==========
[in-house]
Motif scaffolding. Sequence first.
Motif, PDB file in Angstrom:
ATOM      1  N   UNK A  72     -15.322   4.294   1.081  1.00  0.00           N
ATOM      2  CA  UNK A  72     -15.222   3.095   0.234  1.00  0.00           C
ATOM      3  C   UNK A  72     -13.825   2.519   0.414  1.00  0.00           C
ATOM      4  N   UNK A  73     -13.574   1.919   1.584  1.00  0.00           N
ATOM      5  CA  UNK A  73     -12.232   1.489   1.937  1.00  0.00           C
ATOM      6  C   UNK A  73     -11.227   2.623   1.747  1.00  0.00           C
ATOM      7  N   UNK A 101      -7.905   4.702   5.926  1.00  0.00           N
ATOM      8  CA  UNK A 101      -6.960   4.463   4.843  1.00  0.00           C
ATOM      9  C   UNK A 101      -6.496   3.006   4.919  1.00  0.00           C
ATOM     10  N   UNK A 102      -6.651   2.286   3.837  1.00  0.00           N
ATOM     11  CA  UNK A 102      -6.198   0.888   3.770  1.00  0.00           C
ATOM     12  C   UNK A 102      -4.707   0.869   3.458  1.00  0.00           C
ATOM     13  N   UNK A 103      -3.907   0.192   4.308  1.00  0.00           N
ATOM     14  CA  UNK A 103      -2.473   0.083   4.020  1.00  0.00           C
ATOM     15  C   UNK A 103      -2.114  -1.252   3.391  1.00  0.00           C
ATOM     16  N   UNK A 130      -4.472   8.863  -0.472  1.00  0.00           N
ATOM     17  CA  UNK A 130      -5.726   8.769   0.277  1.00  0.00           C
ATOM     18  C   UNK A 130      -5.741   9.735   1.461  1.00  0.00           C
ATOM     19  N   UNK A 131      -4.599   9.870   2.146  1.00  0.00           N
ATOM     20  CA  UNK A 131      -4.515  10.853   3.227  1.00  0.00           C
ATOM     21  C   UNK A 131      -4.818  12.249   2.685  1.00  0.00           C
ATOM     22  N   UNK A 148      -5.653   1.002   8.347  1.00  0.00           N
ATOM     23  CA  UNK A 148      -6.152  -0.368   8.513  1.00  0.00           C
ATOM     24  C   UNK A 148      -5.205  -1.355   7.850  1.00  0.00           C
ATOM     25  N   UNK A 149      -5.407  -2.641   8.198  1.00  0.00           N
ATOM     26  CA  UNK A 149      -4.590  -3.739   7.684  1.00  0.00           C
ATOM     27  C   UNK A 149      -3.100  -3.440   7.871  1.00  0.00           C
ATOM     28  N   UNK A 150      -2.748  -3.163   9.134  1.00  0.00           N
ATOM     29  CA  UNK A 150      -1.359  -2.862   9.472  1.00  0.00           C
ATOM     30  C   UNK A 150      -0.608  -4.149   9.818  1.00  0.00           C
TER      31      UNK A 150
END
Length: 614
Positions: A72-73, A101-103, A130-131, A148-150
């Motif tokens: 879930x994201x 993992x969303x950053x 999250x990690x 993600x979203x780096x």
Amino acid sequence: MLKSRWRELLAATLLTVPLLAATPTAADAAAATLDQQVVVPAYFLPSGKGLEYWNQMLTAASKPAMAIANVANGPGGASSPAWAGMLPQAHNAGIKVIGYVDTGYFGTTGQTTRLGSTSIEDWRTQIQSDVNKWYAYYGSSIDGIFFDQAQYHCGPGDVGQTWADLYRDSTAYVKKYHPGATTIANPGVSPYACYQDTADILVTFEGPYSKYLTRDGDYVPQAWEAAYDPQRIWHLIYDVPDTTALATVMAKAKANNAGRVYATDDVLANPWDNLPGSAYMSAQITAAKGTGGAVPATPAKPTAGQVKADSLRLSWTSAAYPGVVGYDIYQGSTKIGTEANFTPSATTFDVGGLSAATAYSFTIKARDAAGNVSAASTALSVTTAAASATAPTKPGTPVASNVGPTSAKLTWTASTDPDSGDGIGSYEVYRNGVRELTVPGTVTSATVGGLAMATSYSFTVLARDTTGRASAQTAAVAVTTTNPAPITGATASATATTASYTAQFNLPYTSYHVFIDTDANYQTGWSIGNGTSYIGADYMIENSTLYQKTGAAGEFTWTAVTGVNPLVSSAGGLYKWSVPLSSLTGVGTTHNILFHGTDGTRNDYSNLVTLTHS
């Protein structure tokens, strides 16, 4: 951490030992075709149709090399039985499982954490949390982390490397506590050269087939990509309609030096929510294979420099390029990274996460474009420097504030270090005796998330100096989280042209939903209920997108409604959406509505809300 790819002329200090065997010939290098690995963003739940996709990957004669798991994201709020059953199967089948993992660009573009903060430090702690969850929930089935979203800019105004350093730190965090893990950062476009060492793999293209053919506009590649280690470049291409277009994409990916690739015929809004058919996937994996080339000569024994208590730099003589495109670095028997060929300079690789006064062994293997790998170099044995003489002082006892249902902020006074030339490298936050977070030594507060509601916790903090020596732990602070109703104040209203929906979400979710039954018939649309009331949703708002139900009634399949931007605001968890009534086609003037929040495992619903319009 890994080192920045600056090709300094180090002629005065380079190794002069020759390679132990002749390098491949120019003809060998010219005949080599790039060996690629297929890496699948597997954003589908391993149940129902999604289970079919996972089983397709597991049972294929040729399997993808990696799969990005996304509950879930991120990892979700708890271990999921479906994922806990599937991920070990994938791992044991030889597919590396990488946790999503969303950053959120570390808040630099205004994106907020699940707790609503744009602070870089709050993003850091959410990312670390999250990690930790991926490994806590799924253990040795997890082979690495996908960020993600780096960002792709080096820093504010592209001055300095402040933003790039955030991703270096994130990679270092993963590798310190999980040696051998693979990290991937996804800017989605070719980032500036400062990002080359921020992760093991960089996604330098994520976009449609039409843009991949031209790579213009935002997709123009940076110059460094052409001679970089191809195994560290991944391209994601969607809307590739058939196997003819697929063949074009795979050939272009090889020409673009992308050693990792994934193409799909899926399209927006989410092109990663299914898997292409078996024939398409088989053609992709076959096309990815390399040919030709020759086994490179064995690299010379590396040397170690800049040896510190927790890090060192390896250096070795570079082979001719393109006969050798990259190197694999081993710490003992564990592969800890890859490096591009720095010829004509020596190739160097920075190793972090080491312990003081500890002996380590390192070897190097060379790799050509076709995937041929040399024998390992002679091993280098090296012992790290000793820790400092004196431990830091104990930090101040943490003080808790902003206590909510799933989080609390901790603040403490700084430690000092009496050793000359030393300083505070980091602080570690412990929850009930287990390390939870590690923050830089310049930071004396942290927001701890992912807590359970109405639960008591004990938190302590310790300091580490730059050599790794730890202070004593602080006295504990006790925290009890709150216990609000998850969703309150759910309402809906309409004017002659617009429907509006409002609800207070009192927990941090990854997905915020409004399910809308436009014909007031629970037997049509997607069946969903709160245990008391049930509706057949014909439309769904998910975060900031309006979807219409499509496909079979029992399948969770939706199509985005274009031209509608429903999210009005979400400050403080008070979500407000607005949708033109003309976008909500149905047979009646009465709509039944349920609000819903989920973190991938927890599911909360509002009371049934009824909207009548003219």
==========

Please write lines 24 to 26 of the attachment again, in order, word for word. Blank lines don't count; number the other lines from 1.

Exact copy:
ATOM     21  C   UNK A 131      -4.818  12.249   2.685  1.00  0.00           C
ATOM     22  N   UNK A 148      -5.653   1.002   8.347  1.00  0.00           N
ATOM     23  CA  UNK A 148      -6.152  -0.368   8.513  1.00  0.00           C